The IRS’ Streamlined Filing Compliance Procedures provide a way for U.S. taxpayers to remedy non-willful violations of the offshore account disclosure requirements. As the IRS explains, “[t]he streamlined filing compliance procedures . . . are available to taxpayers certifying that their failure to report foreign financial assets and pay all tax due in respect of those assets did not result from willful conduct on their part.”

As the IRS further explains, “[n]on-willful conduct is conduct that is due to negligence, inadvertence, or mistake or conduct that is the result of a good faith misunderstanding of the requirements of the law.”

While non-willfulness is a key eligibility requirement for submitting a streamlined filing to correct an offshore account disclosure violation, it is not the only requirement that applies. To be eligible to submit a streamlined filing, a taxpayer must also:

  • Have a Social Security Number or other valid Taxpayer Identification Number (TIN);
  • Not currently be subject to an IRS audit, examination or criminal investigation, regardless of whether the audit or examination relates to the taxpayer’s offshore holdings; and,
  • Not currently owe any penalties to the IRS.

Crucially, submitting a streamlined filing does not guarantee protection. Among other potential concerns, if the IRS disputes a taxpayer’s certification of non-willfulness, it can pursue civil or criminal enforcement action based, in part, on the information included in the taxpayer’s streamlined filing. As a result, taxpayers who are considering a streamlined filing in 2023 are strongly advised to consult with their tax counsel prior to providing any information about their offshore account disclosure violations to the IRS.

2. Submitting a Voluntary Disclosure to IRS CI

While utilizing the IRS’ Streamlined Filing Compliance Procedures is only an option for taxpayers who can make the requisite certification of non-willfulness, submitting a voluntary disclosure to IRS CI is only an option for those who are prepared to acknowledge that they have willfully violated the law. Thus, submitting a voluntary disclosure presents risks as well, and, as the IRS notes, “[a] voluntary disclosure will not automatically guarantee immunity from prosecution.”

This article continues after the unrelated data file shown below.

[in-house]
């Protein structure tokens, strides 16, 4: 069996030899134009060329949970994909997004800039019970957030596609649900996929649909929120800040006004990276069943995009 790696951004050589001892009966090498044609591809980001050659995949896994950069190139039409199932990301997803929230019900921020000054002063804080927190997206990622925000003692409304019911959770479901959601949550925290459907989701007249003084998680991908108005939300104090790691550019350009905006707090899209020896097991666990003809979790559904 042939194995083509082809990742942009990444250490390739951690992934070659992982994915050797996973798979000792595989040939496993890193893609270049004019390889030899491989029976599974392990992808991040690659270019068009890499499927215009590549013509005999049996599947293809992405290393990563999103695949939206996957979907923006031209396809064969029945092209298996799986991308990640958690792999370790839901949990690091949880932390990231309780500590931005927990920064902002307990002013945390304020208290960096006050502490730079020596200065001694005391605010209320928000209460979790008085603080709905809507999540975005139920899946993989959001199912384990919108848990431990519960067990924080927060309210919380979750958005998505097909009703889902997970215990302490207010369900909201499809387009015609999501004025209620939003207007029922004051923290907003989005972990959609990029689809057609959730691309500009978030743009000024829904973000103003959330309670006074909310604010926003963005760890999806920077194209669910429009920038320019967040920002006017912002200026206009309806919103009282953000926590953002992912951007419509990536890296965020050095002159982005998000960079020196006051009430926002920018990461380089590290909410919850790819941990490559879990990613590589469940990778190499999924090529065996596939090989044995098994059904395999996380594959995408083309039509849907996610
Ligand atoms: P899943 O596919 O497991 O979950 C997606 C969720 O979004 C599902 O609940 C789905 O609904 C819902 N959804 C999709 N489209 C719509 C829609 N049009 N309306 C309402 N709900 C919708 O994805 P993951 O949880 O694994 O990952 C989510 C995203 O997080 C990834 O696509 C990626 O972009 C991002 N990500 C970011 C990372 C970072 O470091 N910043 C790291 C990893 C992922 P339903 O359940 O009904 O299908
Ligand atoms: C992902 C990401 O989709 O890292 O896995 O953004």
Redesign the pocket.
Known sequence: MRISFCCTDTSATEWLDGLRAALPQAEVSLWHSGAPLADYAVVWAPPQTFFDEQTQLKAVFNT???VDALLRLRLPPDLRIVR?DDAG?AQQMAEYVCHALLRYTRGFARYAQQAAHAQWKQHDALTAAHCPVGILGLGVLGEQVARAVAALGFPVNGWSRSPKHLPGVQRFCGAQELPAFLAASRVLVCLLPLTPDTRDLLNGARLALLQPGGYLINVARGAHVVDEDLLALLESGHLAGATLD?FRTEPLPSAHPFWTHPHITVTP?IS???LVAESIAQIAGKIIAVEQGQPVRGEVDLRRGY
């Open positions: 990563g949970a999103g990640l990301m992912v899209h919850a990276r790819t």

But, successfully submitting a voluntary disclosure can “result in prosecution not being recommended,” and this can be significant for taxpayers who are at risk of facing criminal charges as a result of their failure to file. As a result, it is an option worth considering in appropriate circumstances—though, here too, it is imperative to have experienced legal representation.

Similar to the IRS’ Streamlined Filing Compliance Procedures, IRS CI’s Voluntary Disclosure Practice establishes several eligibility criteria. These criteria include:

  • IRS CI must not have already received information about the violation from another source (i.e., a foreign bank);
  • The taxpayer must not currently be subject to a civil examination or criminal information; and,
  • The taxpayer must cooperate with IRS CI and make good-faith arrangements to pay all taxes, penalties and interest owed.

Contact Us for More Information

If you need to know more about your options for correcting an offshore account disclosure violation, we encourage you to contact us promptly. To speak with an experienced tax attorney at Brown Tax, P.C. in confidence, call 888-870-0025 or request an appointment online today.